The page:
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Globemasters deliver more relief aid

by Master Sgt. Peter Borys
379th Air Expeditionary Wing Public Affairs

10/12/2005 - ISLAMABAD, Pakistan (AFPN) -- A huge C-17 Globemaster III delivered more relief supplies here Oct. 11 for areas most hard hit by the earthquake.

The C-17 and its crew of five, from the 379th Air Expeditionary Wing in Southwest Asia, flew in approximately 50 tons of food and shelter equipment.

Islamabad is the operations hub for relief efforts in the region. Helicopters pick up supplies and transport them approximately 70 miles north to the hardest hit areas.

Despite its heavy Operations Iraqi Freedom and Enduring Freedom workload, the C-17 crew was honored to fly the mission.

“It feels pretty gratifying,” said Capt. Andy Schwaderer, the aircraft commander. “We know that what we’re doing here today is really going to benefit those in need.”

For the past two and a half years the captain has been flying mostly to Iraq and Afghanistan. But the relief mission was different, and he expects to fly “another two or three missions here before we’re done.”

Some crew members, like pilot 1st Lt. Dan Appel were just in the Hurricane Katrina relief effort.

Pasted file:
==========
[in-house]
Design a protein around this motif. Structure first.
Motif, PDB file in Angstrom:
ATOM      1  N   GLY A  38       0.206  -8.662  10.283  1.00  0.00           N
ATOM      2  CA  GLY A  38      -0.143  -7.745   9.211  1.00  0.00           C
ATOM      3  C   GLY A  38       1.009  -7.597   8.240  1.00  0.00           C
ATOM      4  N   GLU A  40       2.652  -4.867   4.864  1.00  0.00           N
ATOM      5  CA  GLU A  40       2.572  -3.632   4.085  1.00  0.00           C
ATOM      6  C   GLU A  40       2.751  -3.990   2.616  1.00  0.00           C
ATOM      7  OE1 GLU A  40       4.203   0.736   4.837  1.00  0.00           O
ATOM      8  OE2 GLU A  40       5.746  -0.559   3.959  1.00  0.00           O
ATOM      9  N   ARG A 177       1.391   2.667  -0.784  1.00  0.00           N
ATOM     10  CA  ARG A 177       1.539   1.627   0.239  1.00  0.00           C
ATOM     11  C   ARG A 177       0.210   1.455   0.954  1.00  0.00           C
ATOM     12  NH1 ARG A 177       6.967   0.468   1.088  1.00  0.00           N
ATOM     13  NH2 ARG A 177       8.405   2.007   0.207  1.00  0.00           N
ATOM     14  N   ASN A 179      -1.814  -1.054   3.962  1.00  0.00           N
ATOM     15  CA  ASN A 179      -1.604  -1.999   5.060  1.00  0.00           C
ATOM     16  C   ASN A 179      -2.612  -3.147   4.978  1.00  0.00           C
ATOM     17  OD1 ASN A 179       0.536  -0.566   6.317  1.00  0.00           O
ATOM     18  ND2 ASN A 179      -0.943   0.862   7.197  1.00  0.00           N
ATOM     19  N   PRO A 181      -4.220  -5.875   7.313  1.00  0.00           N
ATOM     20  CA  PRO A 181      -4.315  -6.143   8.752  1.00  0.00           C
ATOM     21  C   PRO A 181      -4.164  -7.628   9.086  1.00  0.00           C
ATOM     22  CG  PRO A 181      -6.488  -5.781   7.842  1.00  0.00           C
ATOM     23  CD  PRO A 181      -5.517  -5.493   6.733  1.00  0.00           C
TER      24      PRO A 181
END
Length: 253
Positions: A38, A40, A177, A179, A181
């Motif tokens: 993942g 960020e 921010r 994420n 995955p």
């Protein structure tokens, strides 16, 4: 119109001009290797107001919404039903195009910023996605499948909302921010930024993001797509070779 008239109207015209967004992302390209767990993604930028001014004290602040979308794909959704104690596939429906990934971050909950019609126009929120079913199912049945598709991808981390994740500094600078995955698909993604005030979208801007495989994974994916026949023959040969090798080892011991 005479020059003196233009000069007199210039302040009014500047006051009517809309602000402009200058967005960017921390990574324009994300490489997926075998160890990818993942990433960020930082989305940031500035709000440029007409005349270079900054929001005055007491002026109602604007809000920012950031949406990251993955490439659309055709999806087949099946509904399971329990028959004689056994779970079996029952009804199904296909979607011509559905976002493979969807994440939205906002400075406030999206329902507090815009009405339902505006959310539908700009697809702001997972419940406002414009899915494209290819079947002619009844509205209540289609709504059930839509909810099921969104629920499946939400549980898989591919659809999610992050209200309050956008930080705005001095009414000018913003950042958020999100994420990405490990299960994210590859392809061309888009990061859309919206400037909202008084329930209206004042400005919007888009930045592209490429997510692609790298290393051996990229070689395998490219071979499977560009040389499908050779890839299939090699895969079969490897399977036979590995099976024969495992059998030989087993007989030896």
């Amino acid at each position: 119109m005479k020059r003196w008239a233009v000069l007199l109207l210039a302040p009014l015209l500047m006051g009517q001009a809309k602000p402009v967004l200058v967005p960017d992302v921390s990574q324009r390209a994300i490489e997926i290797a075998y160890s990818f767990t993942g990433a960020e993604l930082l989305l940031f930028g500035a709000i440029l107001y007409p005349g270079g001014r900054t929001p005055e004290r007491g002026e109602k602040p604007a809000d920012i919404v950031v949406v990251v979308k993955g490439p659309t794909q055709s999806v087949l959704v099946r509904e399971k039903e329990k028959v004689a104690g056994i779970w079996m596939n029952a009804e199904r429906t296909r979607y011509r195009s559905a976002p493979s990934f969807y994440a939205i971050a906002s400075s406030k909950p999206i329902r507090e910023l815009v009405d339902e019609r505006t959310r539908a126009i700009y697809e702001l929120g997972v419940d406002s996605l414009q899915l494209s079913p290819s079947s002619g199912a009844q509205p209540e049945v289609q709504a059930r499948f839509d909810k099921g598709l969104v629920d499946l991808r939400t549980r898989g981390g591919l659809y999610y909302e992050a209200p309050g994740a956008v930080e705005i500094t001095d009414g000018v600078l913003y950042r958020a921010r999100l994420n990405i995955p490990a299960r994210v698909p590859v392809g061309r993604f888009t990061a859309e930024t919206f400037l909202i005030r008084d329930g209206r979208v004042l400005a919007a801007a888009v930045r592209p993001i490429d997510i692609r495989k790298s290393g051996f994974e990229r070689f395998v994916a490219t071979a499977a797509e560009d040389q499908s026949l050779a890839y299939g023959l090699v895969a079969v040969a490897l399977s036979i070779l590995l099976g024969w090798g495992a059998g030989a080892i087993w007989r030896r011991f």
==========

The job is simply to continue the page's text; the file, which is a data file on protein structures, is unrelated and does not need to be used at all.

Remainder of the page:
“No matter how often you see this kind of devastation, whether it is at home or abroad, you never get used to it,” the lieutenant said. “Our hearts go out to all of the victims of this disaster. We’re dedicated to the mission and stand ready to support as needed.”

Col. Richard Walberg, the 818th Contingency Response Group commander from McGuire AFB, N.J., arrived in Islamabad two hours before the C-17, and got his team ready to handle airlift operations.

“Our guys are setting up a tent city and our operations center, while at the same time we are unloading this first C-17 full of relief supplies,” the colonel said.

The McGuire team has 45 people on the ground that “will give us the ability to run things 24 hours a day, seven days a week,” he said. “Even though we’re getting good things done, we’ve still got a lot of work to do.”

Air Mobility Command response groups are the Air Force’s global reach crisis response force. They deploy with trained and equipped Airmen provide command and control and initial airfield operations and operating support.

Maj. James Jamir, a Reserve instructor pilot with the wing, the support the people of Pakistan are receiving will have positive, long-lasting effects.

“What we’re doing here in Pakistan is just another example of how great the United States is,” he said. “We’re building strong relationships and making history. But most importantly, we’re saving lives.”

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